Llanfairynghornwy can be found on the north western corner of the Isle of Anglesey, North Wales. Nearby villages include Penyrorsedd to the north, Llanrhyddlad to the south, Porth y Bribys to the west and Llanfechell to the east.
The village is set in a rural area, with the mountain Mynydd y Garn situated just 1km west of Llanfairynghornwy. The lake Llyn Llygeirian is also 2.5km south east, and abounds with flora and fringing marshland. For those who enjoy fishing, there is also a trout fishery at Llyn Llygeirian, which is accessed via an old quarry track.
Other interesting places surrounding Llanfairynghornwy include the mill Caerdedog Uchaf 2.5km north east of the village, an ancient monastery 2.5km to the north west and there are several standing stones on the outskirts of the village.
However, the most fascinating thing about Llanfairynghornwy is its mysterious tale about two boys and one smuggler. Long ago in the 1740s, two twins boys were rescued from the sea by smuggler Dannie Lukie, near the rocky islands off Anglesey known as the Skerries. The boys, aged about 11, had dark looks and were believed to be of Spanish descent.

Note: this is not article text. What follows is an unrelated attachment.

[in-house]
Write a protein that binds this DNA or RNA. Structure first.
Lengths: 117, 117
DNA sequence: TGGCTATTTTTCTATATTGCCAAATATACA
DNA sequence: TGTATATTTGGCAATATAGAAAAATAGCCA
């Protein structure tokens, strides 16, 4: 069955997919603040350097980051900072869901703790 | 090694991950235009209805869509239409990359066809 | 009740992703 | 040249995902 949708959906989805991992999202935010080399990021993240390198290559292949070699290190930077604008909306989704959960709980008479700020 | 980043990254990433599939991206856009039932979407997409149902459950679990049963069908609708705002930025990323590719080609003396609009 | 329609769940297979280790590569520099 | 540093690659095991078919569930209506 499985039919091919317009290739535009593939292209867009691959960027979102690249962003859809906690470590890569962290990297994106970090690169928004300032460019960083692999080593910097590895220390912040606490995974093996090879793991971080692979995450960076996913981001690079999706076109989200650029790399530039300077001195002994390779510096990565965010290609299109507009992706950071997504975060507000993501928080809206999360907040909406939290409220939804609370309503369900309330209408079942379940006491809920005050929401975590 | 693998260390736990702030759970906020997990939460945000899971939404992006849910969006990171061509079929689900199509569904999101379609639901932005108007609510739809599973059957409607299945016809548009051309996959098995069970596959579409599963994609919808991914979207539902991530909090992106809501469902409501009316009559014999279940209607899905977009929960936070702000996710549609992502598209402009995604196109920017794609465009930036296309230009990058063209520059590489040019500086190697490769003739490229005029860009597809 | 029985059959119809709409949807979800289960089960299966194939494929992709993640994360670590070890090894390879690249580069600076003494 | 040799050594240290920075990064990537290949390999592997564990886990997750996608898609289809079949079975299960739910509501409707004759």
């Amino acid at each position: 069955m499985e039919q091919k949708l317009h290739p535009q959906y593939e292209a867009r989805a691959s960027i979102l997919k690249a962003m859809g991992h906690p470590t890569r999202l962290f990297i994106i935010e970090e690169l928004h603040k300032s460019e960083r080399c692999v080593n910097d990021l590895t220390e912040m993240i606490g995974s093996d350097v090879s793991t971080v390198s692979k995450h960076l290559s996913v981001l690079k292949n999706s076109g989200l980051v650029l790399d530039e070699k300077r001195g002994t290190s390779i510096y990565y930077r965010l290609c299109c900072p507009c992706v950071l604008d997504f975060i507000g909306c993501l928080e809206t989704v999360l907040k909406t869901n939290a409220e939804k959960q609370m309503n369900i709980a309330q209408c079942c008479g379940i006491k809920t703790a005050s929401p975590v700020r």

After being rescued, the twins were adopted by a family in Llanfairynghornwy and received the names Evan and Matthew Thomas. Matthew died not long after the rescue but Evan went on to become an excellent healer of broken bones. His family went on to become doctors who helped in the world of orthopaedic medicine, and one of his descendants, Hugh Owen Thomas, helped saved many lives during the First World War by inventing the “Thomas splint”.
Today, the mystery sounding the twins' origins is trying to be resolved through DNA. Dafydd Evans of Moelfre, a descendant of Evan Thomas, has given a mouth swab to Dr James Wilson, a world leader in human genetics, who will then study Evans's Y chromosome and hopes to match it to DNA from other parts of the world. Perhaps the mystery of the two twins will finally be uncovered!
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